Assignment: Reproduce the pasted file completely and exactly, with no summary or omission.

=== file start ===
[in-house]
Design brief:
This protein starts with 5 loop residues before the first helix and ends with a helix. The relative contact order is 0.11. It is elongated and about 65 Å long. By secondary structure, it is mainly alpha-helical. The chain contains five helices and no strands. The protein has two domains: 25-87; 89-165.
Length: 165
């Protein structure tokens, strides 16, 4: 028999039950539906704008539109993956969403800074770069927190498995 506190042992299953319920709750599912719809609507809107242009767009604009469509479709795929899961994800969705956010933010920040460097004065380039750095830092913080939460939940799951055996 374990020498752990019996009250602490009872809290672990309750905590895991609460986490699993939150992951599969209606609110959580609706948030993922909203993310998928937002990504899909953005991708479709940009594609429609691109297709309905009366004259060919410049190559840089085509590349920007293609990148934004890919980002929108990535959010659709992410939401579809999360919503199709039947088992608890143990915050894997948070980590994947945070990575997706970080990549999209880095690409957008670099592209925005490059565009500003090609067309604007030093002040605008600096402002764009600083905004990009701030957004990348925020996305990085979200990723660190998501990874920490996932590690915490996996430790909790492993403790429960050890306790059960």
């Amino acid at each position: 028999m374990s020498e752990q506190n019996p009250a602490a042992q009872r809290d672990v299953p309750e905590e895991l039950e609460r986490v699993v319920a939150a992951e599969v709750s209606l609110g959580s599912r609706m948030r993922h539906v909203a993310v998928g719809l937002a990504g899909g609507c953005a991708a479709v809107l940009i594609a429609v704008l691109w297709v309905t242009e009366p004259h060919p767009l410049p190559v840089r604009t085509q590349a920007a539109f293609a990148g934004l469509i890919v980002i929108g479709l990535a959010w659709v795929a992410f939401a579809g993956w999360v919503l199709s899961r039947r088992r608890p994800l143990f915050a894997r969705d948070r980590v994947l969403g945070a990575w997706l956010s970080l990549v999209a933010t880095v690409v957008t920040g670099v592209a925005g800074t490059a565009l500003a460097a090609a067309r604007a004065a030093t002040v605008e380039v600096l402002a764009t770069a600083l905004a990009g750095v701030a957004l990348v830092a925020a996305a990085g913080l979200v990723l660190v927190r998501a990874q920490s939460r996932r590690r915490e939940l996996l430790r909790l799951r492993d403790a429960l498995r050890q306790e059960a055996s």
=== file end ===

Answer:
[in-house]
Design brief:
This protein starts with 5 loop residues before the first helix and ends with a helix. The relative contact order is 0.11. It is elongated and about 65 Å long. By secondary structure, it is mainly alpha-helical. The chain contains five helices and no strands. The protein has two domains: 25-87; 89-165.
Length: 165
């Protein structure tokens, strides 16, 4: 028999039950539906704008539109993956969403800074770069927190498995 506190042992299953319920709750599912719809609507809107242009767009604009469509479709795929899961994800969705956010933010920040460097004065380039750095830092913080939460939940799951055996 374990020498752990019996009250602490009872809290672990309750905590895991609460986490699993939150992951599969209606609110959580609706948030993922909203993310998928937002990504899909953005991708479709940009594609429609691109297709309905009366004259060919410049190559840089085509590349920007293609990148934004890919980002929108990535959010659709992410939401579809999360919503199709039947088992608890143990915050894997948070980590994947945070990575997706970080990549999209880095690409957008670099592209925005490059565009500003090609067309604007030093002040605008600096402002764009600083905004990009701030957004990348925020996305990085979200990723660190998501990874920490996932590690915490996996430790909790492993403790429960050890306790059960």
């Amino acid at each position: 028999m374990s020498e752990q506190n019996p009250a602490a042992q009872r809290d672990v299953p309750e905590e895991l039950e609460r986490v699993v319920a939150a992951e599969v709750s209606l609110g959580s599912r609706m948030r993922h539906v909203a993310v998928g719809l937002a990504g899909g609507c953005a991708a479709v809107l940009i594609a429609v704008l691109w297709v309905t242009e009366p004259h060919p767009l410049p190559v840089r604009t085509q590349a920007a539109f293609a990148g934004l469509i890919v980002i929108g479709l990535a959010w659709v795929a992410f939401a579809g993956w999360v919503l199709s899961r039947r088992r608890p994800l143990f915050a894997r969705d948070r980590v994947l969403g945070a990575w997706l956010s970080l990549v999209a933010t880095v690409v957008t920040g670099v592209a925005g800074t490059a565009l500003a460097a090609a067309r604007a004065a030093t002040v605008e380039v600096l402002a764009t770069a600083l905004a990009g750095v701030a957004l990348v830092a925020a996305a990085g913080l979200v990723l660190v927190r998501a990874q920490s939460r996932r590690r915490e939940l996996l430790r909790l799951r492993d403790a429960l498995r050890q306790e059960a055996s």